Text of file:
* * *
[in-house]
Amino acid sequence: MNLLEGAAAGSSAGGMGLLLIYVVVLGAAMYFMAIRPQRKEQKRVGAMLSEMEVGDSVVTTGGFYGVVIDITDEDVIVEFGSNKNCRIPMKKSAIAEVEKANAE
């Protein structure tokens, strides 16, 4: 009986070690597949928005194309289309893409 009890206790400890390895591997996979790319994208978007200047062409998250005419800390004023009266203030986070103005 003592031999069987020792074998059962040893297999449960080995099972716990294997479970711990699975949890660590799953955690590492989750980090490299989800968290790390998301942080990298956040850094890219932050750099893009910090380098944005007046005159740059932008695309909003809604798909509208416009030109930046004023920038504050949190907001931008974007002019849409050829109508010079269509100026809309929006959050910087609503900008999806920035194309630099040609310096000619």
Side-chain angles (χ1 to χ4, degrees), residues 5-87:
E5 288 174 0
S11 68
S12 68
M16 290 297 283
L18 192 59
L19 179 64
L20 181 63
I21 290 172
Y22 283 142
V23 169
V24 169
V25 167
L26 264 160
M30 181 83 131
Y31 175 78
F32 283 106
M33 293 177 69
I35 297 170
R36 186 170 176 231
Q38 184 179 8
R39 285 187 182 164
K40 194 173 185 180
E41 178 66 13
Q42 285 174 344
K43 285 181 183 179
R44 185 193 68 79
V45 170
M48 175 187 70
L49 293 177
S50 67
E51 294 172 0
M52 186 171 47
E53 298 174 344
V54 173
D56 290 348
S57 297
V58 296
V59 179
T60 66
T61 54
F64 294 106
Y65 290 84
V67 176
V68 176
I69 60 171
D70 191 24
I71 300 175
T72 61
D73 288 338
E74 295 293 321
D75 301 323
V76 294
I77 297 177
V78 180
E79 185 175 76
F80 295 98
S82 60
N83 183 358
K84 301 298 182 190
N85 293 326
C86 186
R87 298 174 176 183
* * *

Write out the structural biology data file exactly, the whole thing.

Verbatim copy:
[in-house]
Amino acid sequence: MNLLEGAAAGSSAGGMGLLLIYVVVLGAAMYFMAIRPQRKEQKRVGAMLSEMEVGDSVVTTGGFYGVVIDITDEDVIVEFGSNKNCRIPMKKSAIAEVEKANAE
């Protein structure tokens, strides 16, 4: 009986070690597949928005194309289309893409 009890206790400890390895591997996979790319994208978007200047062409998250005419800390004023009266203030986070103005 003592031999069987020792074998059962040893297999449960080995099972716990294997479970711990699975949890660590799953955690590492989750980090490299989800968290790390998301942080990298956040850094890219932050750099893009910090380098944005007046005159740059932008695309909003809604798909509208416009030109930046004023920038504050949190907001931008974007002019849409050829109508010079269509100026809309929006959050910087609503900008999806920035194309630099040609310096000619």
Side-chain angles (χ1 to χ4, degrees), residues 5-87:
E5 288 174 0
S11 68
S12 68
M16 290 297 283
L18 192 59
L19 179 64
L20 181 63
I21 290 172
Y22 283 142
V23 169
V24 169
V25 167
L26 264 160
M30 181 83 131
Y31 175 78
F32 283 106
M33 293 177 69
I35 297 170
R36 186 170 176 231
Q38 184 179 8
R39 285 187 182 164
K40 194 173 185 180
E41 178 66 13
Q42 285 174 344
K43 285 181 183 179
R44 185 193 68 79
V45 170
M48 175 187 70
L49 293 177
S50 67
E51 294 172 0
M52 186 171 47
E53 298 174 344
V54 173
D56 290 348
S57 297
V58 296
V59 179
T60 66
T61 54
F64 294 106
Y65 290 84
V67 176
V68 176
I69 60 171
D70 191 24
I71 300 175
T72 61
D73 288 338
E74 295 293 321
D75 301 323
V76 294
I77 297 177
V78 180
E79 185 175 76
F80 295 98
S82 60
N83 183 358
K84 301 298 182 190
N85 293 326
C86 186
R87 298 174 176 183